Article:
Hart and Postmodern Positivism in International Law
Revue générale de droit international public, Vol. 113, pp. 635-654, 2009
22 Pages Posted: 22 Oct 2009 Last revised: 19 Nov 2015
Date Written: October 20, 2009
This article argues that, in the context of international law, Hart can really be considered a post-modern positivist. Hart has not only refined the source thesis of Hobbes, Bentham and Austin by shedding the command-based understanding of law. Hart has also overcome the difficulties of Kelsen’s hypothetical grundnorm by devising a concept of validity based on social facts. In doing so, Hart has paved the way for a modernization of legal positivism which is of particular relevance in international law. The article submits that the social thesis of Hart has generally been overlooked by international legal scholars, for they have not come to terms with the fact that Hart demoted international law to a very primitive set of rules. The only aspect of Hart doctrine to which international legal scholars really paid attention is his famous distinction between primary and secondary rules – a dichotomy which he did not devised himself but borrowed from other authors like Ihering. It is argued in this paper that international legal scholars should be more amenable to Hart’s social thesis because it offers some theoretical solutions to the contemporary objections to legal formalism, and in particular to those elaborated by scholars affiliated with critical legal studies. Hart’s (modest) use of ideas of Wittgenstein and other scholars of the Philosophy of language, although being insufficient to capture all the special and subtle features of domestic legal system, provides insighful conceptual tools for a modernization of the source thesis in international law. (Note: the paper is in French).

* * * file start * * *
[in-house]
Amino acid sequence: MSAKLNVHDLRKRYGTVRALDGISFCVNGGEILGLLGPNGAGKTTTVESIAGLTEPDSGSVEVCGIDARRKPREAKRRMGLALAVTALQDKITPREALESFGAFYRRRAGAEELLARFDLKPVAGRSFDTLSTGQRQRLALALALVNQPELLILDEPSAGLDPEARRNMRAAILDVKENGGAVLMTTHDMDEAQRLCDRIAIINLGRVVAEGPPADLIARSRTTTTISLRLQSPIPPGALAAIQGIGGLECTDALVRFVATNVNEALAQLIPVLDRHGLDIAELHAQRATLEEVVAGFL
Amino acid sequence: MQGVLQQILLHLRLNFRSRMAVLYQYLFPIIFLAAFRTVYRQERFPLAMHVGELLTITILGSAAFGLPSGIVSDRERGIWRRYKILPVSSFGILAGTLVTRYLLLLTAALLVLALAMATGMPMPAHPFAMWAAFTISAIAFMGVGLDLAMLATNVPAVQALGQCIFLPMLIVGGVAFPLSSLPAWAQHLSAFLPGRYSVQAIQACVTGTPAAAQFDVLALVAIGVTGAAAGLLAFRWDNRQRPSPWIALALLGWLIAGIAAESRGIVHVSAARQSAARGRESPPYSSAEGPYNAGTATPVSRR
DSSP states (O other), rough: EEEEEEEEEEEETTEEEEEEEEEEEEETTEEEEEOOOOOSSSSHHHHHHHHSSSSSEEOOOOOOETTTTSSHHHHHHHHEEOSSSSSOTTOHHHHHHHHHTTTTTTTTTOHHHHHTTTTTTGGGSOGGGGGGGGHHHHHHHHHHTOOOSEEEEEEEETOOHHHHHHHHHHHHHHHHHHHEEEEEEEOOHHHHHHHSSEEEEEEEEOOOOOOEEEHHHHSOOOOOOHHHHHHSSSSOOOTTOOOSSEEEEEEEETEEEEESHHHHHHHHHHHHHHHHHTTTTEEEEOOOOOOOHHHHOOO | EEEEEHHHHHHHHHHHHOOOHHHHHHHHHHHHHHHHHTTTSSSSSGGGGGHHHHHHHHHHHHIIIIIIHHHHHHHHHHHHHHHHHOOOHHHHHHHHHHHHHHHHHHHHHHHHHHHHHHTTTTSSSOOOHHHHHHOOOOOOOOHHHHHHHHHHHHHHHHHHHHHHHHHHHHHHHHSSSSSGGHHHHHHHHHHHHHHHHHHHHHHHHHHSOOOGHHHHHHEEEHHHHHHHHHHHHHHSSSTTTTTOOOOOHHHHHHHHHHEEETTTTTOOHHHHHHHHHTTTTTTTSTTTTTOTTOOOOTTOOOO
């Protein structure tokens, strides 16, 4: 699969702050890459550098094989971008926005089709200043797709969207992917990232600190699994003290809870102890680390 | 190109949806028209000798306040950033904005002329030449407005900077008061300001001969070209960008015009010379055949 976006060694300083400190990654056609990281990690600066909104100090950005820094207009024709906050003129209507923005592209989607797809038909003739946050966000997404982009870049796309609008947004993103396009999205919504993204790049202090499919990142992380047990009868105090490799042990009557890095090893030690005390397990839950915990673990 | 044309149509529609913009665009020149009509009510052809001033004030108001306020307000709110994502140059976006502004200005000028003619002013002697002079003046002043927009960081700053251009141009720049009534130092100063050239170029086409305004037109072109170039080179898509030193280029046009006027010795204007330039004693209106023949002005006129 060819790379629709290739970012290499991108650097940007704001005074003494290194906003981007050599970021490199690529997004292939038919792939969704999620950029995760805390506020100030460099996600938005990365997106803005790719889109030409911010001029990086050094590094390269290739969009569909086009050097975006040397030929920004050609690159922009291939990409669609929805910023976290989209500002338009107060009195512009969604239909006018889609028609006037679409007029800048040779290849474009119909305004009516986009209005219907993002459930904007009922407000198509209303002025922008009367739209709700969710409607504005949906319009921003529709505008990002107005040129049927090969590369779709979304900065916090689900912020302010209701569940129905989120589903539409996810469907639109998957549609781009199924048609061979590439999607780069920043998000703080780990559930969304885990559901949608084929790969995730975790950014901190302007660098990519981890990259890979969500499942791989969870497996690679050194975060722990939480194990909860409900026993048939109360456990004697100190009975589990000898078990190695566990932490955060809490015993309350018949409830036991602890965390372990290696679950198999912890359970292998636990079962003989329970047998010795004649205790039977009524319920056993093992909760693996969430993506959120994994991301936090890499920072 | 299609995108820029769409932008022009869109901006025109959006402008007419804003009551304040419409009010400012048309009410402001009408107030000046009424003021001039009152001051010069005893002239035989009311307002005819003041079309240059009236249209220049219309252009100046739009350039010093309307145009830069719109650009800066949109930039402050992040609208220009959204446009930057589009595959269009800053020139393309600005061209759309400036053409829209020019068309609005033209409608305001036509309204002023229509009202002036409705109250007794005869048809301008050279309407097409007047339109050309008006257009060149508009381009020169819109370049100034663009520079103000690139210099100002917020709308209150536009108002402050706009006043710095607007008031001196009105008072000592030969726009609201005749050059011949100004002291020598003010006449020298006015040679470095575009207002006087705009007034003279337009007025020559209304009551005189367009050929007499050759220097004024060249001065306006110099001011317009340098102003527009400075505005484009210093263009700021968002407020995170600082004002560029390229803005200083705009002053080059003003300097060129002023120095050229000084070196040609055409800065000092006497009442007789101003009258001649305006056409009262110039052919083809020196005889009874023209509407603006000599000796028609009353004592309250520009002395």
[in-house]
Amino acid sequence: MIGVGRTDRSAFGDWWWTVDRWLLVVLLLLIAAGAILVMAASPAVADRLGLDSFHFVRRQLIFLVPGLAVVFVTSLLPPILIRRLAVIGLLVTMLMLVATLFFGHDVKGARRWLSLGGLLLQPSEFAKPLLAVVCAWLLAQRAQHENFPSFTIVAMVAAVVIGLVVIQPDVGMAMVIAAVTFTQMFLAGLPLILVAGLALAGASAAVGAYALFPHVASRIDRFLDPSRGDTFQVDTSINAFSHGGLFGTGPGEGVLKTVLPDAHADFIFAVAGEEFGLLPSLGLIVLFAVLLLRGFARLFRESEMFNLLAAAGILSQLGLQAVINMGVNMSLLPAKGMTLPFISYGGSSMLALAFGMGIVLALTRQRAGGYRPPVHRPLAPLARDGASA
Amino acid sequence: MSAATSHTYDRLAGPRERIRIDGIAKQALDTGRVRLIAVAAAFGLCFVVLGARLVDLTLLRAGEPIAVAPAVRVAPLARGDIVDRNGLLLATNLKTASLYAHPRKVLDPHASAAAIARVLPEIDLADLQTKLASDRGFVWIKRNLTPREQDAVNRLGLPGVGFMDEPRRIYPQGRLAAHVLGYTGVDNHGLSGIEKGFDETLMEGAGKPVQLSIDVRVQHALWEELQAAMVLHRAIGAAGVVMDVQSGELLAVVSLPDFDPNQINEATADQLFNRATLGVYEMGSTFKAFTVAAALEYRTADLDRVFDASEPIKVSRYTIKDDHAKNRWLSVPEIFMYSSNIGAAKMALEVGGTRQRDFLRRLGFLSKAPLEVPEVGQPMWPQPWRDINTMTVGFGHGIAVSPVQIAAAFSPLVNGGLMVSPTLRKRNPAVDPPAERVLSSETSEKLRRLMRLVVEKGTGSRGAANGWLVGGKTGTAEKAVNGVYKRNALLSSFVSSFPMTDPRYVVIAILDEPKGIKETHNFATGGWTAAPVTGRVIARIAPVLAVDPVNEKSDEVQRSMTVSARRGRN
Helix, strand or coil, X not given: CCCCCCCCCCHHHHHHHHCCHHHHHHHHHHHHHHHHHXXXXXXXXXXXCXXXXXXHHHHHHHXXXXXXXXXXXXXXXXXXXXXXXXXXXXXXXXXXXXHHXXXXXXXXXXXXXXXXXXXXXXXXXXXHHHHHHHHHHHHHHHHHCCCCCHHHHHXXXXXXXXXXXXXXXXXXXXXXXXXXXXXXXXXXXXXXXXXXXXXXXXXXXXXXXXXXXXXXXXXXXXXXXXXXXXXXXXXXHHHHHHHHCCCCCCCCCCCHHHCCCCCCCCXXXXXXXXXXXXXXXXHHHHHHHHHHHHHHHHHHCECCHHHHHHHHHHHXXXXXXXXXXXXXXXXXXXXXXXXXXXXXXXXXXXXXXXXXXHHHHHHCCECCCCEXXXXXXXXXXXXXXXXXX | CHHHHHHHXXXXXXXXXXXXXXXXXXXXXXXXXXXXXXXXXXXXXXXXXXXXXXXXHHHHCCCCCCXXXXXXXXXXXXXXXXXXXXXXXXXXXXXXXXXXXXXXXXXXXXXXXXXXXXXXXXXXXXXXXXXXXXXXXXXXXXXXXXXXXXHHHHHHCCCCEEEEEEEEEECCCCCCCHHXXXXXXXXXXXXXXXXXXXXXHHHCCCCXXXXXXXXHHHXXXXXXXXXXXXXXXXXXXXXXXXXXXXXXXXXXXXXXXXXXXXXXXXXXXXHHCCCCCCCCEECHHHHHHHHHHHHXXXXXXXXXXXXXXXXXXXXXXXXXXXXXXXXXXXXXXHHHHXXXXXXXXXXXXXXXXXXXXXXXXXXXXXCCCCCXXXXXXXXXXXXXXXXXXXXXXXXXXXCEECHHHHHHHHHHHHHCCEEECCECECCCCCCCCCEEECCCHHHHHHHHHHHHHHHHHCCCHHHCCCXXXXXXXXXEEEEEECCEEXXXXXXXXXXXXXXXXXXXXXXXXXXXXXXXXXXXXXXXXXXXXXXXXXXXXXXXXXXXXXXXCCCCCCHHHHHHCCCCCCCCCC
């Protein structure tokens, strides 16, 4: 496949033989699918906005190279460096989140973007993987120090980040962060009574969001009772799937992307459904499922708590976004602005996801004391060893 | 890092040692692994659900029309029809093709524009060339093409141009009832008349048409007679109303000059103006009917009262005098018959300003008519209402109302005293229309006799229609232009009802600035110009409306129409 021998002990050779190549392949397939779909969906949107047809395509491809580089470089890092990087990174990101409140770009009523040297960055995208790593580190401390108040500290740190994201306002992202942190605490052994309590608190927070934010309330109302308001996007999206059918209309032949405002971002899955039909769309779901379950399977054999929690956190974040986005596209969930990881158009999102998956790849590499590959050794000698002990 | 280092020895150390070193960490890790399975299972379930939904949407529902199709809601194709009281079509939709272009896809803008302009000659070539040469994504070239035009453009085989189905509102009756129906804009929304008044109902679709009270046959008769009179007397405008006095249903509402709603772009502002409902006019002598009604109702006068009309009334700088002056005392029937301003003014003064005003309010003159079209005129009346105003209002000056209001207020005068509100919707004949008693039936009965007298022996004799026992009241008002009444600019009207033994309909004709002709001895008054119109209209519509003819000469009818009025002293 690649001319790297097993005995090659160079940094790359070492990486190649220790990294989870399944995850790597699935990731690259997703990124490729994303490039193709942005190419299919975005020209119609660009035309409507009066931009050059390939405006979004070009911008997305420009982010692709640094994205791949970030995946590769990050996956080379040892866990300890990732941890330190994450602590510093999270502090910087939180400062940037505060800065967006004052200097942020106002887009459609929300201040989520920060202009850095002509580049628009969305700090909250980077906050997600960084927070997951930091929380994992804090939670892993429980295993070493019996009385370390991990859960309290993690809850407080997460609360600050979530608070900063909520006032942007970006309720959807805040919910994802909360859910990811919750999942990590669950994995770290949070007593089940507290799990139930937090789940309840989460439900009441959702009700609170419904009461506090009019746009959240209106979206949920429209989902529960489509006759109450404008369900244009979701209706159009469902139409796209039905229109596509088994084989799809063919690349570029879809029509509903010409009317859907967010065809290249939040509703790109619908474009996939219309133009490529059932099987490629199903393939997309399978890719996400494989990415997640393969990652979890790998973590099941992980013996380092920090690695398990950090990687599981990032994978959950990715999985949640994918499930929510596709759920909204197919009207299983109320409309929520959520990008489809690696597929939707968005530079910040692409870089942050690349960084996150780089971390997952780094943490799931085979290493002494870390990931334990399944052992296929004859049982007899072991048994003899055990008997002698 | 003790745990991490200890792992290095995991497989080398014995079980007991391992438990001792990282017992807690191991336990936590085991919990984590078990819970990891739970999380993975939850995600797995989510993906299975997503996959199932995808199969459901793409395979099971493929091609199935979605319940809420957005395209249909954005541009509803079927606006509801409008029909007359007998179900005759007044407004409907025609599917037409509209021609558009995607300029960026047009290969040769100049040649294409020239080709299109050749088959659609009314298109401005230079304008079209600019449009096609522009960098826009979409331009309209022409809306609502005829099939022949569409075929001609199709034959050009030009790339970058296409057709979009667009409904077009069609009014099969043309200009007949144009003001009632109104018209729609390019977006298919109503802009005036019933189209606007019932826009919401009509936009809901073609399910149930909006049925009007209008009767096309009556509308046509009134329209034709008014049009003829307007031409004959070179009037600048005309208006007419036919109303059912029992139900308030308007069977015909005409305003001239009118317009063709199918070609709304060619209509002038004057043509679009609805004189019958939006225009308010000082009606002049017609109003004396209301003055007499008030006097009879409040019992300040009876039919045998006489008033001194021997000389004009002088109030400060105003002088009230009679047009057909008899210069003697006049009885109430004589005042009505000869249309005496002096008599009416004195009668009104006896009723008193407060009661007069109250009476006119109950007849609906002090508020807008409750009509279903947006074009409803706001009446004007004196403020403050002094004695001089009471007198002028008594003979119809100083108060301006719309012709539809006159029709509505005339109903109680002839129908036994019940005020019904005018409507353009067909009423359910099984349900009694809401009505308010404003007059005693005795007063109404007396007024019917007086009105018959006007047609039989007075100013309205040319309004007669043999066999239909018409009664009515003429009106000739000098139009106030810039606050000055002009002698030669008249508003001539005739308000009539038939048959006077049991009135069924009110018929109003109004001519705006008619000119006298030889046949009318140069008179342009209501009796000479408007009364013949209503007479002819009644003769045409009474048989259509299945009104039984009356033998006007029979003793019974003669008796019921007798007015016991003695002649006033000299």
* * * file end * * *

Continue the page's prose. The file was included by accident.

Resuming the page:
Keywords: International Law, International Legal Theory, Legal Positivism, Legal Formalism, Hart, Wittgenstein, Critical Legal Studies
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